Thanks to the photographic output of a small squadron of interplanetary spacecraft, we have awakened to the beauty and splendor of the solar system. Since Michael Benson’s masterful book Beyond: Visions of the Interplanetary Probes, new, more powerful cameras in probes with greatly improved maneuverability have traversed the wheeling satellites of Jupiter; roamed the boulder-strewn red deserts of Mars; studied Saturn’s immaculate rings; and shown us our own ravishing Earth, a blue-white orb with a disturbingly thin atmosphere, as it plunges deeper into ecological crisis. These new images are the subject of Benson’s Planetfall, a truly revelatory book that uses its large page size to reproduce the greatest achievements in contemporary planetary photography as never before.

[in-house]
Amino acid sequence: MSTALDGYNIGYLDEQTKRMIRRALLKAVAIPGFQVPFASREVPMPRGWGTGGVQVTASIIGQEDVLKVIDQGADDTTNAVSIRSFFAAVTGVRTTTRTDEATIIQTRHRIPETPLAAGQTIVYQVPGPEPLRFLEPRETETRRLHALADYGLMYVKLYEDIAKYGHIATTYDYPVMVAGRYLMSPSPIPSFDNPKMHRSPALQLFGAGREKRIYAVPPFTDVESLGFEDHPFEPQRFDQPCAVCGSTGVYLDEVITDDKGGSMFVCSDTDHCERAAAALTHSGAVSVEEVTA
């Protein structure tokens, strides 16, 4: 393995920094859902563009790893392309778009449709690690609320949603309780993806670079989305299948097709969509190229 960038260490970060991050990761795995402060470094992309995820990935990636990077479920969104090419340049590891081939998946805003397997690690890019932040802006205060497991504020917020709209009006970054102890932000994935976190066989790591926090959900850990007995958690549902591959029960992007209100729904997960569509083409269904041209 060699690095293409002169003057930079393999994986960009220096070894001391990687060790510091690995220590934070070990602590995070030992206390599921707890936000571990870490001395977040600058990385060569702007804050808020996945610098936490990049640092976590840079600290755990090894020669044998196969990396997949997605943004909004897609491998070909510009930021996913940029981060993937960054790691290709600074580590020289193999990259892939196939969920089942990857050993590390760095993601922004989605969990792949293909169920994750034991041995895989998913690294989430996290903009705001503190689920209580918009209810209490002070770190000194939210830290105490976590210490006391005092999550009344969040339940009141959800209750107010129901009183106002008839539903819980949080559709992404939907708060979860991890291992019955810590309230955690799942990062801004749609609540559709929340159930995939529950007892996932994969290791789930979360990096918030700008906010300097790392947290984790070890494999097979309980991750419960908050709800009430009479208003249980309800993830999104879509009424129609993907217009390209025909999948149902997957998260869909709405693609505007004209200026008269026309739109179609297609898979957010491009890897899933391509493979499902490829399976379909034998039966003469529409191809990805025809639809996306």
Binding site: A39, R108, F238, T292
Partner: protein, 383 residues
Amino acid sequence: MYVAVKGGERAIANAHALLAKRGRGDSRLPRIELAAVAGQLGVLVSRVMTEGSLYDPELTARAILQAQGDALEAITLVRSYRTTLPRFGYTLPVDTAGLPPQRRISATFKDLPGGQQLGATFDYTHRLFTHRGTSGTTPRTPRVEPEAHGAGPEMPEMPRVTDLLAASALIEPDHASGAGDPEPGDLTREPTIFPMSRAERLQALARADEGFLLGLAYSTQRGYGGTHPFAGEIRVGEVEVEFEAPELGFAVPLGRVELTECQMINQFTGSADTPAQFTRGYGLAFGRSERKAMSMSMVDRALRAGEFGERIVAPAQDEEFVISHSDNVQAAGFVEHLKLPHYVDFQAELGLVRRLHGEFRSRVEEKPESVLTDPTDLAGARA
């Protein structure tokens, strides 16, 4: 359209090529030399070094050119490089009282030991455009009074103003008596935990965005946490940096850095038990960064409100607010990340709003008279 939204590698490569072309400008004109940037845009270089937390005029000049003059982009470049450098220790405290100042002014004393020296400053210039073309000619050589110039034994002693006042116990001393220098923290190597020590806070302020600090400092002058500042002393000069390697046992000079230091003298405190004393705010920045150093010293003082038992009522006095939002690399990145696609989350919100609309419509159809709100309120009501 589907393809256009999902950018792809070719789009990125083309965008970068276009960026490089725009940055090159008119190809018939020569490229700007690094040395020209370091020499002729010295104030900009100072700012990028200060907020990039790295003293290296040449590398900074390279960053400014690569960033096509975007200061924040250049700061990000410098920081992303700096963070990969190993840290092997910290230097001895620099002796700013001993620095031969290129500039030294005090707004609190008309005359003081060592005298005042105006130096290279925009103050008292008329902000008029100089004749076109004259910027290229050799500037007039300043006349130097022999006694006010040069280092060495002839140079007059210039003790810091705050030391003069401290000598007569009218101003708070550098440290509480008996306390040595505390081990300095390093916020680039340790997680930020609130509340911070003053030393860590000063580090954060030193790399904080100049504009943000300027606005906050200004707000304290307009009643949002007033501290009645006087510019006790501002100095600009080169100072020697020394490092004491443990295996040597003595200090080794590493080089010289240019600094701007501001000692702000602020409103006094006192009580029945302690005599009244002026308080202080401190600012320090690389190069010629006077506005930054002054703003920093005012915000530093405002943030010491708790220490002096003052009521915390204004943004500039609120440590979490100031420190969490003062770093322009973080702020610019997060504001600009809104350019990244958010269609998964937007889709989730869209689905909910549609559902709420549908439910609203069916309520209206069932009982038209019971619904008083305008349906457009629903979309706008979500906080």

Praise for Planetfall:
“All retrospectives, art and otherwise, should shock us awake the way this one does . . . Planetfall is a book of science through and through, but it also deepens our sense of the miracle and the mystery of the universe, of our eye-blink lives.” —The New York Times
“This is the way I like to tour the solar system. Find a chair. Sit. Turn some pages. Gaze. Wonder.” —NPR.com
“Beautiful interplanetary images.” —MSNBC.com
“Beautiful visions of what’s out there.” —The Huffington Post
“To encounter a Benson landscape is to be in awe of not only how he sees the universe, but also the ways in which he composes the never-ending celestial ballet.” —Time.com